Seven years after Eve Arnold’s death aged 99, Josh Lustig looks at her photos from The Misfits in today’s FT Weekend magazine (sold with the Financial Times.)
“Unlike many photographers who spent time with Monroe, Arnold was rooted firmly in documentary and photojournalism … Arnold’s photographs are striking for the way she captures these legends of the silver screen as lonely, troubled individuals. She strips away their movie stardom and reveals them as fragile, vulnerable. Even when photographed together, everyone seems to inhabit their own world, disconnected from one another, lost in the desert.”
On the night of September 15, 1954 – 65 years ago today – Marilyn filmed the iconic ‘subway scene’ from The Seven Year Itch to an adoring crowd. It is also said to have ended her marriage to Joe DiMaggio, though in truth they were already heading for a split. Over at Marilyn Remembered, Lorraine Nicol recalls one of the greatest promotional stunts of all time, with input from Fox publicist Roy Craft, and crewman Paul Wurtzel, who operated the industrial fan beneath the grate – and the many imitations which still abound in popular culture. (You can read a selection of past ES Updates posts on the ‘subway scene’ here.)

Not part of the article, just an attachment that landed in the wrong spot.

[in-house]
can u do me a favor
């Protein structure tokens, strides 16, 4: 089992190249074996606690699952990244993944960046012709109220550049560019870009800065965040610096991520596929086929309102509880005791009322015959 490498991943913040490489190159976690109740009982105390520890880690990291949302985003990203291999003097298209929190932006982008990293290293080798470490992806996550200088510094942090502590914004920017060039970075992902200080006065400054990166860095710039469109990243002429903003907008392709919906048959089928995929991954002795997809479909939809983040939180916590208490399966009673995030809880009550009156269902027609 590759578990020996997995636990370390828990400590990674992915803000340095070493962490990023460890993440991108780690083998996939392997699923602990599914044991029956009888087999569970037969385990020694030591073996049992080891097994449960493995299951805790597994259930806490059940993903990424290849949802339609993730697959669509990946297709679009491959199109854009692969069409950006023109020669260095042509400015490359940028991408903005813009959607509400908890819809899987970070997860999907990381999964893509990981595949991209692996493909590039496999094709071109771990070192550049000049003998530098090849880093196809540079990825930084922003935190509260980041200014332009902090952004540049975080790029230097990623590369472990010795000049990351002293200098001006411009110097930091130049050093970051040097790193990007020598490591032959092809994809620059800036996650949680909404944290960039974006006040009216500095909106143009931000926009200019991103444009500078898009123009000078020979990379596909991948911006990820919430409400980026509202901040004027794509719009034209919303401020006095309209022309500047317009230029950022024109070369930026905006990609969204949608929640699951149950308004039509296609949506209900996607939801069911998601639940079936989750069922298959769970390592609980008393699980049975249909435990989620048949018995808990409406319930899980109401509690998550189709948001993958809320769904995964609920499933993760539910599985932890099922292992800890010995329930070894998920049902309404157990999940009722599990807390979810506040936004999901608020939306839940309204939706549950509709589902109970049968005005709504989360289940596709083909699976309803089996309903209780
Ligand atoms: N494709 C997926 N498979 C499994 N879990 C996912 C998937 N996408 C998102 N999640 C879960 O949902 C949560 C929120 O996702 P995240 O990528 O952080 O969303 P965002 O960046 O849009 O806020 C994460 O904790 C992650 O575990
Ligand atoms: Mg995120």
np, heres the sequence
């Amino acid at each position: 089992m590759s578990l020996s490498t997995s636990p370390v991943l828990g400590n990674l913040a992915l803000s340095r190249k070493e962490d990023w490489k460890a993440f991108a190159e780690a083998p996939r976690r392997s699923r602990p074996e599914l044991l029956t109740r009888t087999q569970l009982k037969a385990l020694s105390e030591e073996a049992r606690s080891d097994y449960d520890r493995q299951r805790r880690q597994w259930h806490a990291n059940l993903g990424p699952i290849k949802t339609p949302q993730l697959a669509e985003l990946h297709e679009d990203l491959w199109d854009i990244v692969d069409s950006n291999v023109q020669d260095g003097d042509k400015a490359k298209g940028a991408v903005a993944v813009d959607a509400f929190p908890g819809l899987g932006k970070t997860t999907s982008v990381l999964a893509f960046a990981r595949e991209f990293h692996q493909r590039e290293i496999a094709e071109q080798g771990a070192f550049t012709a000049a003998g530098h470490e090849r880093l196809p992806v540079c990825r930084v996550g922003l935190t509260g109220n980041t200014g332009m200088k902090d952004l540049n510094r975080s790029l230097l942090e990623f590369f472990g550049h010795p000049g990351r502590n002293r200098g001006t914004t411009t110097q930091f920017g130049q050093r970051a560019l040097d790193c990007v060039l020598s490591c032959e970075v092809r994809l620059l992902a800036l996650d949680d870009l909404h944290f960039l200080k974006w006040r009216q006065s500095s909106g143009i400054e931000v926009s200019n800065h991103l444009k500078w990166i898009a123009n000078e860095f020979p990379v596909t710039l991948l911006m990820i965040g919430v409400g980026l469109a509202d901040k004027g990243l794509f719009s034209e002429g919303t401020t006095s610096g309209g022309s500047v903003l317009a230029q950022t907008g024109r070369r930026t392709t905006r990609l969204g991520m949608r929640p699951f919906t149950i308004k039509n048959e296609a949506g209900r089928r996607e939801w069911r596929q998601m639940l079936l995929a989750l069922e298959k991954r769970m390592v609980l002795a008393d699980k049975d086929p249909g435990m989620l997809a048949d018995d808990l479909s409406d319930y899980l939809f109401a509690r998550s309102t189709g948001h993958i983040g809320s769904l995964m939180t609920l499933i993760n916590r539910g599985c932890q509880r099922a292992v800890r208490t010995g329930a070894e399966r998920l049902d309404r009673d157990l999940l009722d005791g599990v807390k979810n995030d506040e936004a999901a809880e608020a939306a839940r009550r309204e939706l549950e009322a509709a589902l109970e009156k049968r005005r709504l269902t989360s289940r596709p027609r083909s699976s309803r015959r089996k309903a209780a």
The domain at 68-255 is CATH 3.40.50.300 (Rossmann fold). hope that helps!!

“The post-midnight hours of September 15th 1954, outside of the Trans-Lux Theatre near 52nd Street on Lexington Avenue, a luminous Marilyn wearing a white pleated halter dress, stepped over a subway grating. With a crew member operating a powerful fan positioned below the grille, the stage was set for a legendary scene. Hordes of reporters and spectators (estimates range from several hundred to five thousand) watched the crew film take after take of history-making moment.
The postscript of the film of this New York sequence was unusable. Her skirt had flown up to her waist, and the cheers of the crowd were clearly audible. The famous scene’s true setting was the controlled atmosphere of a Twentieth Century FOX soundstage. Unlike the iconic images that exist, in the finished film Marilyn’s skirt billows up only slightly above her knees and a full body shot is never shown. Back in New York, a fifty-two foot high picture of The Girl with the upswept skirt was mounted above the marquee of Loew’s State Theatre at Times Square.”